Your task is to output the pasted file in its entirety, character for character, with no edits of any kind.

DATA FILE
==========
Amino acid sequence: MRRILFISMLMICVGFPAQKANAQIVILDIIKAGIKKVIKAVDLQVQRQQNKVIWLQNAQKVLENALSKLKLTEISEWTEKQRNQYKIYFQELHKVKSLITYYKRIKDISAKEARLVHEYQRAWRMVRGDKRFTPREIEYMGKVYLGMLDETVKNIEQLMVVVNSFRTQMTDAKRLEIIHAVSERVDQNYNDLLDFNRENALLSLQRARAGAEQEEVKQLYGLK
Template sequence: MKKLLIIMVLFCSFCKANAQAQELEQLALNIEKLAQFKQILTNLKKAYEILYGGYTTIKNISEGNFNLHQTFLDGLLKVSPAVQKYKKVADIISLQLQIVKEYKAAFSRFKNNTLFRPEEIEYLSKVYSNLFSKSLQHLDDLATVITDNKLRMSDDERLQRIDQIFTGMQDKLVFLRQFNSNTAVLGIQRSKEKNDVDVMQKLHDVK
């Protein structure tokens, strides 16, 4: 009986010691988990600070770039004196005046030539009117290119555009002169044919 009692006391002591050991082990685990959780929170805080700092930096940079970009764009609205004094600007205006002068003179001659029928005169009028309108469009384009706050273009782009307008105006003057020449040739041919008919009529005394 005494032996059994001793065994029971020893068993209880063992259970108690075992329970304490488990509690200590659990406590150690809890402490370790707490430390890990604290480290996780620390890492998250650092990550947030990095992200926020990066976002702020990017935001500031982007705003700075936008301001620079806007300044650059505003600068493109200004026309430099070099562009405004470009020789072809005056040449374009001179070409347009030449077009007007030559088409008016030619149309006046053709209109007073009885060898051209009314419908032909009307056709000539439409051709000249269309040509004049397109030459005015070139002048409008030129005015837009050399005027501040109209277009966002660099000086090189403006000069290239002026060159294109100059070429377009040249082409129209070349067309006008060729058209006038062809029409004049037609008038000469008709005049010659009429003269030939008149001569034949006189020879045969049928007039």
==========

Amino acid sequence: MRRILFISMLMICVGFPAQKANAQIVILDIIKAGIKKVIKAVDLQVQRQQNKVIWLQNAQKVLENALSKLKLTEISEWTEKQRNQYKIYFQELHKVKSLITYYKRIKDISAKEARLVHEYQRAWRMVRGDKRFTPREIEYMGKVYLGMLDETVKNIEQLMVVVNSFRTQMTDAKRLEIIHAVSERVDQNYNDLLDFNRENALLSLQRARAGAEQEEVKQLYGLK
Template sequence: MKKLLIIMVLFCSFCKANAQAQELEQLALNIEKLAQFKQILTNLKKAYEILYGGYTTIKNISEGNFNLHQTFLDGLLKVSPAVQKYKKVADIISLQLQIVKEYKAAFSRFKNNTLFRPEEIEYLSKVYSNLFSKSLQHLDDLATVITDNKLRMSDDERLQRIDQIFTGMQDKLVFLRQFNSNTAVLGIQRSKEKNDVDVMQKLHDVK
């Protein structure tokens, strides 16, 4: 009986010691988990600070770039004196005046030539009117290119555009002169044919 009692006391002591050991082990685990959780929170805080700092930096940079970009764009609205004094600007205006002068003179001659029928005169009028309108469009384009706050273009782009307008105006003057020449040739041919008919009529005394 005494032996059994001793065994029971020893068993209880063992259970108690075992329970304490488990509690200590659990406590150690809890402490370790707490430390890990604290480290996780620390890492998250650092990550947030990095992200926020990066976002702020990017935001500031982007705003700075936008301001620079806007300044650059505003600068493109200004026309430099070099562009405004470009020789072809005056040449374009001179070409347009030449077009007007030559088409008016030619149309006046053709209109007073009885060898051209009314419908032909009307056709000539439409051709000249269309040509004049397109030459005015070139002048409008030129005015837009050399005027501040109209277009966002660099000086090189403006000069290239002026060159294109100059070429377009040249082409129209070349067309006008060729058209006038062809029409004049037609008038000469008709005049010659009429003269030939008149001569034949006189020879045969049928007039």